Ten years later and Ichiro makes this list again. He is still the best singles hitter in the game (though if you ever watch him hit batting practice, he has power, too). His arm is still a cannon and he keeps winning Gold Gloves (yes, that award doesn't mean as much as it did during Mays' time).

    Josh Hamilton is one of the best overall outfielders in the game today. Good defense and a good arm and just a terror at the plate. Provided he can remain healthy, he will continue to be a force.

    Ryan Braun was a tough choice to make over my honorable mention. I believe he is one of the most underrated players in the game. Yes, his defense needs work, but at the plate is where he truly shines. 

    In just four years, he's amassed a career .304 batting average, .364 OBP, .554 slugging percentage, .918 OPS and an OPS+ of 140. This along with 128 home runs in four years and averaging almost 200 hits a season is why he's my choice.

    My honorable mention is Carl Crawford and he could have easily made this list. At the plate, Braun is much better, but Crawford's speed and defense are his strengths. If you want to swap Crawford and Braun, you won't get much argument from me.

2021: Jackson, Heyward and Upton

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    Predicting the future is always tough. I believe that Austin Jackson, Jason Heyward and Justin Upton all will be the best outfielders in the game in 10 years.

    Jackson and Heyward's rookie years were in 2010, and so far they've lived up to the hype. I do believe Justin Upton will finally live up to his potential in the next couple of seasons and prove he belongs on this list.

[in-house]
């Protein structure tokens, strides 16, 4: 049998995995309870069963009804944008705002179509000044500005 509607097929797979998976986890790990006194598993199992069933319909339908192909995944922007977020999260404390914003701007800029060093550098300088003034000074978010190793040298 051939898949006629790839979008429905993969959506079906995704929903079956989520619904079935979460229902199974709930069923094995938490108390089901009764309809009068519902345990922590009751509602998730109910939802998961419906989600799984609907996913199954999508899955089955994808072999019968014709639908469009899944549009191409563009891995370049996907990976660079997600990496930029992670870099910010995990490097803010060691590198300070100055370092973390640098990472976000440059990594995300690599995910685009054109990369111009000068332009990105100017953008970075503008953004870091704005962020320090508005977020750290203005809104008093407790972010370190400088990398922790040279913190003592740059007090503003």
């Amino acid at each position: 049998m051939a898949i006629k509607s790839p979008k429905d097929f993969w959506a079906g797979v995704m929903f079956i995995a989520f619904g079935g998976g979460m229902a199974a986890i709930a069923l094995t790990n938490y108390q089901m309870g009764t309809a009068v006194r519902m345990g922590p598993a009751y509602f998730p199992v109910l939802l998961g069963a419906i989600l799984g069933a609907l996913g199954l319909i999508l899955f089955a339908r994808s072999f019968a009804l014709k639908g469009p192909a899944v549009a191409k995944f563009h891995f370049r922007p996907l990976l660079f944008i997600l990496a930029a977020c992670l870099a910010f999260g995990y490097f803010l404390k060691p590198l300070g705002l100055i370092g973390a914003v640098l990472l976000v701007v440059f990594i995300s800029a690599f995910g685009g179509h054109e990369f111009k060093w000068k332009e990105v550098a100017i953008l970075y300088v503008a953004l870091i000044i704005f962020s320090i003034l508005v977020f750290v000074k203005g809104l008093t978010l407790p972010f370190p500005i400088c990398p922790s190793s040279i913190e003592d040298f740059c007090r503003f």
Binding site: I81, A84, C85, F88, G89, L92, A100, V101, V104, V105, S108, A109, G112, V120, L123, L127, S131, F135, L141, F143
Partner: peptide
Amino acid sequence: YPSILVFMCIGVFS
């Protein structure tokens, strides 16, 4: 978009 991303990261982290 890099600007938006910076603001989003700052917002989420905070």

The honorable mentions? There's a lot to choose from—Braun may still be going strong, Hamilton may be at the end of his career, players like Brett Gardner or Colby Rasmus might surprise us by improving even more, and there's always the chance there's a player in the minors or in college right now that may be better than all of them (especially if Bryce Harper is made an outfielder). 

Final Analysis

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    Our generation doesn't have any players in the outfield on par with Willie, Mickey and The Duke. If you truly think about it, no generation does. 

    We came close with Bonds and Ramirez, but they chose to use PEDs and forever removed themselves from the discussion. Griffey Jr.'s career was ended by injury. Ichiro just doesn't have the power numbers to compete, but his glove, arm and speed are equal to Mays, Mantle and Snider.

    The position our generation can look to find our version of Mays, Mantle and Snider is first base. Albert Pujols may end up being the best player ever. Joey Votto is quickly showing that Cooperstown might be in his future. 

    Throw in players like Mark Teixeira, Adrian Gonzalez, Prince Fielder and Ryan Howard among others, and you see that if our generation will ever replace Willie, Mickey and The Duke, it will come from first base.


    So, do you agree?  Who do you think I should have included?  Should I simply have excluded Bonds and Ramirez due to PEDs?  Which youngsters will still be producing at HOF-levels in 10 years?  Please let me know in the comments and tell me why.